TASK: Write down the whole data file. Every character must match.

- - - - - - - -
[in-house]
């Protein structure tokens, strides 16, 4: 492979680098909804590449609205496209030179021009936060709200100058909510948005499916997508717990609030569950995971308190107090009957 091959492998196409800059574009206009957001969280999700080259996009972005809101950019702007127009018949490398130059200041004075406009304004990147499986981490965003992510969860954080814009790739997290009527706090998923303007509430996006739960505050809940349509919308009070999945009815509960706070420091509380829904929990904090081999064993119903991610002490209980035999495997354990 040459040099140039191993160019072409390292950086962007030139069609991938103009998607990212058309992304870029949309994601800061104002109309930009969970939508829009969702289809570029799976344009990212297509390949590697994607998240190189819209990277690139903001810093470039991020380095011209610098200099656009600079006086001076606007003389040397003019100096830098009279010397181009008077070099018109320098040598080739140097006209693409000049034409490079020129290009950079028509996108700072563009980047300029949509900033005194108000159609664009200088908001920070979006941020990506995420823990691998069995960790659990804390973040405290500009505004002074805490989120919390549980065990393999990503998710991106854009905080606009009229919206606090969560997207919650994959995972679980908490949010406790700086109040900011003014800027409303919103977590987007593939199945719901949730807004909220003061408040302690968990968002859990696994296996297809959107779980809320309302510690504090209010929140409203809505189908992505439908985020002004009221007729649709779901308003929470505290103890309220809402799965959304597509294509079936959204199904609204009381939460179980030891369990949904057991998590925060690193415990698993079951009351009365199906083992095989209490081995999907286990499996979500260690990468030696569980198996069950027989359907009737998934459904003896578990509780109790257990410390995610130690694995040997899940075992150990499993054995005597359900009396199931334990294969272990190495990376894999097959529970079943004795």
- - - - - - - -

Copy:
[in-house]
């Protein structure tokens, strides 16, 4: 492979680098909804590449609205496209030179021009936060709200100058909510948005499916997508717990609030569950995971308190107090009957 091959492998196409800059574009206009957001969280999700080259996009972005809101950019702007127009018949490398130059200041004075406009304004990147499986981490965003992510969860954080814009790739997290009527706090998923303007509430996006739960505050809940349509919308009070999945009815509960706070420091509380829904929990904090081999064993119903991610002490209980035999495997354990 040459040099140039191993160019072409390292950086962007030139069609991938103009998607990212058309992304870029949309994601800061104002109309930009969970939508829009969702289809570029799976344009990212297509390949590697994607998240190189819209990277690139903001810093470039991020380095011209610098200099656009600079006086001076606007003389040397003019100096830098009279010397181009008077070099018109320098040598080739140097006209693409000049034409490079020129290009950079028509996108700072563009980047300029949509900033005194108000159609664009200088908001920070979006941020990506995420823990691998069995960790659990804390973040405290500009505004002074805490989120919390549980065990393999990503998710991106854009905080606009009229919206606090969560997207919650994959995972679980908490949010406790700086109040900011003014800027409303919103977590987007593939199945719901949730807004909220003061408040302690968990968002859990696994296996297809959107779980809320309302510690504090209010929140409203809505189908992505439908985020002004009221007729649709779901308003929470505290103890309220809402799965959304597509294509079936959204199904609204009381939460179980030891369990949904057991998590925060690193415990698993079951009351009365199906083992095989209490081995999907286990499996979500260690990468030696569980198996069950027989359907009737998934459904003896578990509780109790257990410390995610130690694995040997899940075992150990499993054995005597359900009396199931334990294969272990190495990376894999097959529970079943004795």